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Home / Articles / Music / Music Articles /  Marching On: Fear Before start again with a clean slate and a new album.
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Marching On: Fear Before start again with a clean slate and a new album.

By Trevor Hale
Posted // October 22,2008 - Most bands feel the need to reinvent their identity at one point or another. Sometimes the change comes on the heels of a disappointing record or a disastrous tour. Other times, though, it comes after a few too many member shake-ups force the band to re-evaluate what direction they’re headed in and whether or not they want to stray from the beaten path. That’s exactly the kind of mindset Adam Fisher and the rest of his band—Fear Before the March of Flames—found themselves in while recording their newest album. n

Midway through the session, the band decided to drop “The March of Flames” from their moniker and continue on as simply Fear Before.

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“We’ve had so many changes—both member-wise and personally—that we wanted something that would give us kind of a fresh start,” said Fisher. “And so many people knew and referred to us as just Fear Before anyway that we figured it would be OK.”

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Formed in Denver in 2002, Fear Before garnered attention with their Rise Records debut Odd How People Shake. Mixing elements from metal heroes Converge, Botch and The Blood Brothers, the band added their own unique, artsy twist and was able to craft a distinct sound that set them apart from the rest of the “rising stars of screamo” bands just starting to sweep the scene.

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Since then, each Fear Before record marked a significant break from the prior release. The band has moved in a more experimental direction, but they still retain heavy, math-core roots. The Always Open Mouth (2006) expanded the band’s fan base and reiterated their need to evolve.

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After spending most of the last two years on the road, Fear Before settled down in Seattle to record their newest record. Fisher has stated in previous interviews that he definitely doesn’t want to rehash the past, but at the same time, he doesn’t want to alienate loyal followers.

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“We didn’t totally disregard our past albums or anything,” he says. “We went through all of them, found things we liked and tried to expand on them. I think that in itself helped make this album different.”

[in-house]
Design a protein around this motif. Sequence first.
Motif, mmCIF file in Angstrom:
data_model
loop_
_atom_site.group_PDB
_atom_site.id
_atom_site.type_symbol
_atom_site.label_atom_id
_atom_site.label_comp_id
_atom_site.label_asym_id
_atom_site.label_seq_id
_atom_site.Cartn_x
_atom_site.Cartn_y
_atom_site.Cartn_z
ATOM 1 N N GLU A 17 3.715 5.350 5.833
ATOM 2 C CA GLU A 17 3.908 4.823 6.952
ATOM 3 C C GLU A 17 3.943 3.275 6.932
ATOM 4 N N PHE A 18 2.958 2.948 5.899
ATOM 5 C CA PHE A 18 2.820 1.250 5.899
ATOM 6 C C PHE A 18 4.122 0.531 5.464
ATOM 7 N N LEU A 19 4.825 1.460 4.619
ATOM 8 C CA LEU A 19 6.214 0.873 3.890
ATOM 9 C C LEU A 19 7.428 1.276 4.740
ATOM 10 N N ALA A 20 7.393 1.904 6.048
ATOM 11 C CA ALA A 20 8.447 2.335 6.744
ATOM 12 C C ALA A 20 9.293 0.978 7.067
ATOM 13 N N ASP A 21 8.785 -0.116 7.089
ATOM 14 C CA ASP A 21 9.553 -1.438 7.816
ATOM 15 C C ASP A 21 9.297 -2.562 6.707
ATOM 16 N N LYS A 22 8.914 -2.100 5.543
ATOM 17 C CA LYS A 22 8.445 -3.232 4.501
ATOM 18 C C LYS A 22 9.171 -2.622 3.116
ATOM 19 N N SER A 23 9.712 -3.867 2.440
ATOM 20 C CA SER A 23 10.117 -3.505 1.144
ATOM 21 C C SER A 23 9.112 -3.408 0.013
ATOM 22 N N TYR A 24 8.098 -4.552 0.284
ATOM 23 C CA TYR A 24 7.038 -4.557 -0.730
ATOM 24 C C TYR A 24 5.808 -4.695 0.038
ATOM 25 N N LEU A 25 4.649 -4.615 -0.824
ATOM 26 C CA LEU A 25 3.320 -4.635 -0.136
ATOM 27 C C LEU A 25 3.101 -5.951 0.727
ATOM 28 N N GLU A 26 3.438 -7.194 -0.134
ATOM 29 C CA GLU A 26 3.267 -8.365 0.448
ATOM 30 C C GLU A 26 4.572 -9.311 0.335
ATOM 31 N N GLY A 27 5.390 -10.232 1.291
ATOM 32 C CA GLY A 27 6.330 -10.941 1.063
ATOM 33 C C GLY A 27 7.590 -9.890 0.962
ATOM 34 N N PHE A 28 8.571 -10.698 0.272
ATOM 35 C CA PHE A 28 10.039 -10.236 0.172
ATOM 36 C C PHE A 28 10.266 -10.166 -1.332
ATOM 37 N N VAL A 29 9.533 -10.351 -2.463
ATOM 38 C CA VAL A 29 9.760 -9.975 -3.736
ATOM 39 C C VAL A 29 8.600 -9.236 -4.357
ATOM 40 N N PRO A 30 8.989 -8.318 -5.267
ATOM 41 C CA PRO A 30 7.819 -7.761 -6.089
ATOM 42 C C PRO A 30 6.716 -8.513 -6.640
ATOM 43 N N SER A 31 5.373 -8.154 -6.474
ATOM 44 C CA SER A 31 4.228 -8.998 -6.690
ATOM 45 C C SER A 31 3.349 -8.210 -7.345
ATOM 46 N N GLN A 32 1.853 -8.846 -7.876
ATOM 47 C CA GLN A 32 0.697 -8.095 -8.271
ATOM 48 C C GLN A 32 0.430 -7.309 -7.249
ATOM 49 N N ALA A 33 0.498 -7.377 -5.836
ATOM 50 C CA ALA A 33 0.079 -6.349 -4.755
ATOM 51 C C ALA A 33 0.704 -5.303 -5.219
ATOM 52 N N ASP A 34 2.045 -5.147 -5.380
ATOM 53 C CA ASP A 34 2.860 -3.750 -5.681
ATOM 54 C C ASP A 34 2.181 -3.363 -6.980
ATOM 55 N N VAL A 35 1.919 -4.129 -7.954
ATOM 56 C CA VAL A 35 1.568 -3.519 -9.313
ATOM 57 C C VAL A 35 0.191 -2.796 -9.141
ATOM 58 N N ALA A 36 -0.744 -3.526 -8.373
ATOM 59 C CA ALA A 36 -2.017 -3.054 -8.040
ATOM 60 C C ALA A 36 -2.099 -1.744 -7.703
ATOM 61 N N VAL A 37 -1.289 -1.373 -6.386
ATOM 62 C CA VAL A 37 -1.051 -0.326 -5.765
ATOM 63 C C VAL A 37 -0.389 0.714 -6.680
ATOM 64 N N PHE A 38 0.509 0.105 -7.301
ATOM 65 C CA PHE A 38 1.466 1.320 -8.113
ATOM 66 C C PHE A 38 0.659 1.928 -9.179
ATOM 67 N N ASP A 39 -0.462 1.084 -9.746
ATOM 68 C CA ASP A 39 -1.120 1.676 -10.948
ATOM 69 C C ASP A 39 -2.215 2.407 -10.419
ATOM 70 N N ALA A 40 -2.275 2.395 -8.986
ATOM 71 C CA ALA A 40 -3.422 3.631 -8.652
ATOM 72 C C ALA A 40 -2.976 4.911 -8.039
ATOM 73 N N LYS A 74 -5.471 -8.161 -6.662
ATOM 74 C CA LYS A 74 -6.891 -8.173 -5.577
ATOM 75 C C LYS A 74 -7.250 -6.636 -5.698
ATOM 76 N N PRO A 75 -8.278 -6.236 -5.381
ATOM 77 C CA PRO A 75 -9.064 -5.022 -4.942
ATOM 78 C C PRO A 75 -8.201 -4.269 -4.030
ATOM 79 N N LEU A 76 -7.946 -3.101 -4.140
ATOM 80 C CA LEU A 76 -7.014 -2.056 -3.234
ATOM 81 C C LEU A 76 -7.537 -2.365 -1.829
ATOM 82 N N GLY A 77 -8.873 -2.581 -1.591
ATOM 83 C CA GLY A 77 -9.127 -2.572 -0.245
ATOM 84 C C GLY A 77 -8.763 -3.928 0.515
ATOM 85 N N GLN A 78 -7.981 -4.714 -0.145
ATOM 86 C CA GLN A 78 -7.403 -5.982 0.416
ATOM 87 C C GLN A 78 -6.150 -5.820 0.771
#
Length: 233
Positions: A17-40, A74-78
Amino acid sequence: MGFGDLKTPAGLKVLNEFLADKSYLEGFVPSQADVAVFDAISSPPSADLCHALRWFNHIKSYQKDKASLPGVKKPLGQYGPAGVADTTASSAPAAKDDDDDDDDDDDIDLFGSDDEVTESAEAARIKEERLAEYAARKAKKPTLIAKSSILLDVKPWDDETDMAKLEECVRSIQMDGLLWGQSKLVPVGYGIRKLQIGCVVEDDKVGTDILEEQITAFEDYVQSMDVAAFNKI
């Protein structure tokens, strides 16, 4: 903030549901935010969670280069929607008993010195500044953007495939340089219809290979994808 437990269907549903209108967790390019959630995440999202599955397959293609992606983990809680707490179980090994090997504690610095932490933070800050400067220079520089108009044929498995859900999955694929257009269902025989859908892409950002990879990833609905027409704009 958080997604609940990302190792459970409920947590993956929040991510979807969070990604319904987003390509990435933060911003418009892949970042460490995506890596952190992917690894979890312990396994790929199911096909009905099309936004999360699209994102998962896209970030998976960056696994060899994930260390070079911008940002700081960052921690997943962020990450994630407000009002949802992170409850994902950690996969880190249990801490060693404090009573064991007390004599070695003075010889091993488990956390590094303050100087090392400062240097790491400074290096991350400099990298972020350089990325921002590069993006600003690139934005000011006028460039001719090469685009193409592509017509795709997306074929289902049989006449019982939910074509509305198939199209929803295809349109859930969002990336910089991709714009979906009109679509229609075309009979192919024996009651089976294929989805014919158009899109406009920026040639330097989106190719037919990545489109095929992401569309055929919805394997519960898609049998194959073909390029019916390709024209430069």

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Fear Before’s new self-titled LP draws on a wide range of elements—inspirations that make it hard to limit the band to one specific category. There are prog-rock riffs that wouldn’t be out of a place on a Rush album, but then the tempo drops and the band switches to a Neurosis-style drone and mesh the two in a strangely brilliant fashion. It might confuse listeners at first, but the new songs will definitely inject a little more life into the band’s already chaotic live show.

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“We wanted to write songs that were fun to play live,” says Fisher. “Not that I don’t love the songs from Mouth, but a lot of them don’t translate too well. We wanted to make this one a rocker.”

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With song titles like “I’m Fine Today,” “Everything’s Not Shitty” and “Get Your Life Together,” Fear Before has also crafted an album that, while largely dark and depressing, is also occasionally, surprisingly upbeat. Fisher said he wanted the overall feel of the record to be, “more hopeful.”

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The new record will be released through Equal Vision Records on Oct. 28, the same day Fear Before headlines the final show of their current tour in Utah.

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“We’ve been out for about six weeks now,” says Fisher. “Salt Lake City is a good place to have a CD release show.”

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Fisher is proud of everything the band has done, but he’s especially proud of the fact that they can continue to redefine what this band means to them. After six years, four albums, a DVD and thousands of shows, he’s happy that they were all able to bring something to the table.

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“We just wanted to make something a little more energized. Something that all of us contributed to,” he says.

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Fisher enjoys looking forward to what’s next instead of what’s already come, “but it’s not like we’re going to stop playing our old songs or anything like that,” he says.

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Well, except for “On the Brightside, She Could Choke.”

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No matter how many times that’s requested, it probably won’t happen.

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FEAR BEFORE w/ I Am the Ocean
nIn the Venue, 219 S. 600 West, Tuesday, Oct. 28, 6:30 p.m., 24Tix.com

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